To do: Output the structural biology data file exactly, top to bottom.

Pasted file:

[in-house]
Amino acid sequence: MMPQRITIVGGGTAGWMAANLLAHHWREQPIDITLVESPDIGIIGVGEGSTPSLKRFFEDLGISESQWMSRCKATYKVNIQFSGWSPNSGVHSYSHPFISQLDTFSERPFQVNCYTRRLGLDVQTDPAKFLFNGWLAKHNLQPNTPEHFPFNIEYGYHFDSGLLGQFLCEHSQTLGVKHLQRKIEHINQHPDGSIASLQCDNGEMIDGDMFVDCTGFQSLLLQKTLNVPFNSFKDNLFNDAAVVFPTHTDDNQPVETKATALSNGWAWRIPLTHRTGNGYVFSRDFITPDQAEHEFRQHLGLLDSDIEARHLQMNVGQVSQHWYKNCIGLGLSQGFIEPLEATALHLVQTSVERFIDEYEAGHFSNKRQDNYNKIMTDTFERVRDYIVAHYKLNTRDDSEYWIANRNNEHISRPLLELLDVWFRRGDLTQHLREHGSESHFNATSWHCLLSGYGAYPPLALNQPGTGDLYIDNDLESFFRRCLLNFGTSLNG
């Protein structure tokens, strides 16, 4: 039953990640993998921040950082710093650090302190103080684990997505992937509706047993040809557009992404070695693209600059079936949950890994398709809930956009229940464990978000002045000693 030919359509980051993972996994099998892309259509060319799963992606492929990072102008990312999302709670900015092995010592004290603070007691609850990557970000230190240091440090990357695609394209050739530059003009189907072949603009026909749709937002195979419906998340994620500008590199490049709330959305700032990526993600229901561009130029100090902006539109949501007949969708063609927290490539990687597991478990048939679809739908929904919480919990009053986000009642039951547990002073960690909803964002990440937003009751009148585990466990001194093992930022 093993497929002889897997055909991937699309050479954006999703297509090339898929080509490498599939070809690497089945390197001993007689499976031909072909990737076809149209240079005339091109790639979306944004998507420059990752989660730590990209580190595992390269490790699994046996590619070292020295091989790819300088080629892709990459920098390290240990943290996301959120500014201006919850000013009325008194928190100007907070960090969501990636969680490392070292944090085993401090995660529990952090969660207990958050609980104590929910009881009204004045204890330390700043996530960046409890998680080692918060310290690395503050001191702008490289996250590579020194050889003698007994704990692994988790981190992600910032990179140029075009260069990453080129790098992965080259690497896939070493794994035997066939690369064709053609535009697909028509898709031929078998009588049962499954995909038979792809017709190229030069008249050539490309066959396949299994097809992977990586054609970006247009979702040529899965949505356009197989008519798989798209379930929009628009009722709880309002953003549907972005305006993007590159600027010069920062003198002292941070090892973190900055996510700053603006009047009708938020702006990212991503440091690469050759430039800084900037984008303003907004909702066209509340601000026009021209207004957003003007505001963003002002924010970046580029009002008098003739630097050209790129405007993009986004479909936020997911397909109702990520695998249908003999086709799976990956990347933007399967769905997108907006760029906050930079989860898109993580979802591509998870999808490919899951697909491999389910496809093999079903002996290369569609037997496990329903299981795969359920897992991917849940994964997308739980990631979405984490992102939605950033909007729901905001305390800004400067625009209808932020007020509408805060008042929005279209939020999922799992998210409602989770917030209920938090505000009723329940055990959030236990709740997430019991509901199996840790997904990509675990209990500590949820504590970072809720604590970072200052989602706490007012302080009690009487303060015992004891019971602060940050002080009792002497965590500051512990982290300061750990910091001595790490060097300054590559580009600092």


[in-house]
Amino acid sequence: MMPQRITIVGGGTAGWMAANLLAHHWREQPIDITLVESPDIGIIGVGEGSTPSLKRFFEDLGISESQWMSRCKATYKVNIQFSGWSPNSGVHSYSHPFISQLDTFSERPFQVNCYTRRLGLDVQTDPAKFLFNGWLAKHNLQPNTPEHFPFNIEYGYHFDSGLLGQFLCEHSQTLGVKHLQRKIEHINQHPDGSIASLQCDNGEMIDGDMFVDCTGFQSLLLQKTLNVPFNSFKDNLFNDAAVVFPTHTDDNQPVETKATALSNGWAWRIPLTHRTGNGYVFSRDFITPDQAEHEFRQHLGLLDSDIEARHLQMNVGQVSQHWYKNCIGLGLSQGFIEPLEATALHLVQTSVERFIDEYEAGHFSNKRQDNYNKIMTDTFERVRDYIVAHYKLNTRDDSEYWIANRNNEHISRPLLELLDVWFRRGDLTQHLREHGSESHFNATSWHCLLSGYGAYPPLALNQPGTGDLYIDNDLESFFRRCLLNFGTSLNG
């Protein structure tokens, strides 16, 4: 039953990640993998921040950082710093650090302190103080684990997505992937509706047993040809557009992404070695693209600059079936949950890994398709809930956009229940464990978000002045000693 030919359509980051993972996994099998892309259509060319799963992606492929990072102008990312999302709670900015092995010592004290603070007691609850990557970000230190240091440090990357695609394209050739530059003009189907072949603009026909749709937002195979419906998340994620500008590199490049709330959305700032990526993600229901561009130029100090902006539109949501007949969708063609927290490539990687597991478990048939679809739908929904919480919990009053986000009642039951547990002073960690909803964002990440937003009751009148585990466990001194093992930022 093993497929002889897997055909991937699309050479954006999703297509090339898929080509490498599939070809690497089945390197001993007689499976031909072909990737076809149209240079005339091109790639979306944004998507420059990752989660730590990209580190595992390269490790699994046996590619070292020295091989790819300088080629892709990459920098390290240990943290996301959120500014201006919850000013009325008194928190100007907070960090969501990636969680490392070292944090085993401090995660529990952090969660207990958050609980104590929910009881009204004045204890330390700043996530960046409890998680080692918060310290690395503050001191702008490289996250590579020194050889003698007994704990692994988790981190992600910032990179140029075009260069990453080129790098992965080259690497896939070493794994035997066939690369064709053609535009697909028509898709031929078998009588049962499954995909038979792809017709190229030069008249050539490309066959396949299994097809992977990586054609970006247009979702040529899965949505356009197989008519798989798209379930929009628009009722709880309002953003549907972005305006993007590159600027010069920062003198002292941070090892973190900055996510700053603006009047009708938020702006990212991503440091690469050759430039800084900037984008303003907004909702066209509340601000026009021209207004957003003007505001963003002002924010970046580029009002008098003739630097050209790129405007993009986004479909936020997911397909109702990520695998249908003999086709799976990956990347933007399967769905997108907006760029906050930079989860898109993580979802591509998870999808490919899951697909491999389910496809093999079903002996290369569609037997496990329903299981795969359920897992991917849940994964997308739980990631979405984490992102939605950033909007729901905001305390800004400067625009209808932020007020509408805060008042929005279209939020999922799992998210409602989770917030209920938090505000009723329940055990959030236990709740997430019991509901199996840790997904990509675990209990500590949820504590970072809720604590970072200052989602706490007012302080009690009487303060015992004891019971602060940050002080009792002497965590500051512990982290300061750990910091001595790490060097300054590559580009600092």